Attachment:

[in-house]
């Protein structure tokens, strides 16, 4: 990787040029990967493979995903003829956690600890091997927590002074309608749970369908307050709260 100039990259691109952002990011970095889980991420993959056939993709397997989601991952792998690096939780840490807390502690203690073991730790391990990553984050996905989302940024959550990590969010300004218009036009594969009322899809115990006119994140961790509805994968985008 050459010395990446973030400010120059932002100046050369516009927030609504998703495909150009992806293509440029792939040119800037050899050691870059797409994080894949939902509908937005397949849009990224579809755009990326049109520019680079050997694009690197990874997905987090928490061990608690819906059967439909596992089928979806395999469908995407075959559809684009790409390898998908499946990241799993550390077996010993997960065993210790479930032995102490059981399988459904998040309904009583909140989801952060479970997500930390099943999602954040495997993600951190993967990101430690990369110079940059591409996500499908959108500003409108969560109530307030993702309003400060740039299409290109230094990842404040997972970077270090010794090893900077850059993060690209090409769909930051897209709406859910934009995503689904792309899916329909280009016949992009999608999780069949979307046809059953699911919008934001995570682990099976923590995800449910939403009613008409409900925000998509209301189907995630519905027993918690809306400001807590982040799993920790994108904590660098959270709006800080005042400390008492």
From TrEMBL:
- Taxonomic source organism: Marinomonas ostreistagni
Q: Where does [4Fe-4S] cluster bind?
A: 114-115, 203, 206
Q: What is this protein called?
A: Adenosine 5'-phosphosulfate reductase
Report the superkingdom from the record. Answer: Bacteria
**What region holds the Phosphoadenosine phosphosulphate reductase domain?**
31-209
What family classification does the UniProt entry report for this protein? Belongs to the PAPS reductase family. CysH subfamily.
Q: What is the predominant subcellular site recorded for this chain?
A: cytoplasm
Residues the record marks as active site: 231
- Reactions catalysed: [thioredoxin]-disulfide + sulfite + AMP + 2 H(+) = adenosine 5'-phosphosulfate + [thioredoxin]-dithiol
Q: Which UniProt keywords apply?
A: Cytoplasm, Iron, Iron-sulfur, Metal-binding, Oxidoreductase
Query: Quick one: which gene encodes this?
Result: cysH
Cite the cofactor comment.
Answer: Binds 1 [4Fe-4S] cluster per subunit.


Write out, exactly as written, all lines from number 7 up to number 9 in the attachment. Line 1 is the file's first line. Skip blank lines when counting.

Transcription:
Q: What is this protein called?
A: Adenosine 5'-phosphosulfate reductase
Report the superkingdom from the record. Answer: Bacteria